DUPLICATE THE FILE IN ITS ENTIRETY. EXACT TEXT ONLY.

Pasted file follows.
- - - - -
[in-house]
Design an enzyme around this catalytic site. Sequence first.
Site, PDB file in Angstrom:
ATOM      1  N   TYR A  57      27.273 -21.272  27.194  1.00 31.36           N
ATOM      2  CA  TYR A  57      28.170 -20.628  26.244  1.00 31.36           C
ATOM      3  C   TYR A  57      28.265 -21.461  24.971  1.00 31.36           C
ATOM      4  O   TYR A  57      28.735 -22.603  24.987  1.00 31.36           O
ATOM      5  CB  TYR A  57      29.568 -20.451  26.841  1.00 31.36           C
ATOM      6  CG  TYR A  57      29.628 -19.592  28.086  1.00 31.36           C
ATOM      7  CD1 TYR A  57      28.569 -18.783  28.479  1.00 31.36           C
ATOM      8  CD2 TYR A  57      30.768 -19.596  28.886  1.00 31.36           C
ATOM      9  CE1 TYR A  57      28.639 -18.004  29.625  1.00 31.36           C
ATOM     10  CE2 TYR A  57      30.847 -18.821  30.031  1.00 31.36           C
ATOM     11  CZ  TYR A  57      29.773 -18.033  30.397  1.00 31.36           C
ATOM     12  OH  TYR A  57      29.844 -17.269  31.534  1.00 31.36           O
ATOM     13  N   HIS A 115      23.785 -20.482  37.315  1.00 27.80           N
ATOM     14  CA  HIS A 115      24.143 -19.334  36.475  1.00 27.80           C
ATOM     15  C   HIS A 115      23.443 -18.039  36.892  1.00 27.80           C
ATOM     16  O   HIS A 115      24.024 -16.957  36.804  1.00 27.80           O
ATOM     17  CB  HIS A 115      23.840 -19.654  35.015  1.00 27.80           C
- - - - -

[in-house]
Design an enzyme around this catalytic site. Sequence first.
Site, PDB file in Angstrom:
ATOM      1  N   TYR A  57      27.273 -21.272  27.194  1.00 31.36           N
ATOM      2  CA  TYR A  57      28.170 -20.628  26.244  1.00 31.36           C
ATOM      3  C   TYR A  57      28.265 -21.461  24.971  1.00 31.36           C
ATOM      4  O   TYR A  57      28.735 -22.603  24.987  1.00 31.36           O
ATOM      5  CB  TYR A  57      29.568 -20.451  26.841  1.00 31.36           C
ATOM      6  CG  TYR A  57      29.628 -19.592  28.086  1.00 31.36           C
ATOM      7  CD1 TYR A  57      28.569 -18.783  28.479  1.00 31.36           C
ATOM      8  CD2 TYR A  57      30.768 -19.596  28.886  1.00 31.36           C
ATOM      9  CE1 TYR A  57      28.639 -18.004  29.625  1.00 31.36           C
ATOM     10  CE2 TYR A  57      30.847 -18.821  30.031  1.00 31.36           C
ATOM     11  CZ  TYR A  57      29.773 -18.033  30.397  1.00 31.36           C
ATOM     12  OH  TYR A  57      29.844 -17.269  31.534  1.00 31.36           O
ATOM     13  N   HIS A 115      23.785 -20.482  37.315  1.00 27.80           N
ATOM     14  CA  HIS A 115      24.143 -19.334  36.475  1.00 27.80           C
ATOM     15  C   HIS A 115      23.443 -18.039  36.892  1.00 27.80           C
ATOM     16  O   HIS A 115      24.024 -16.957  36.804  1.00 27.80           O
ATOM     17  CB  HIS A 115      23.840 -19.654  35.015  1.00 27.80           C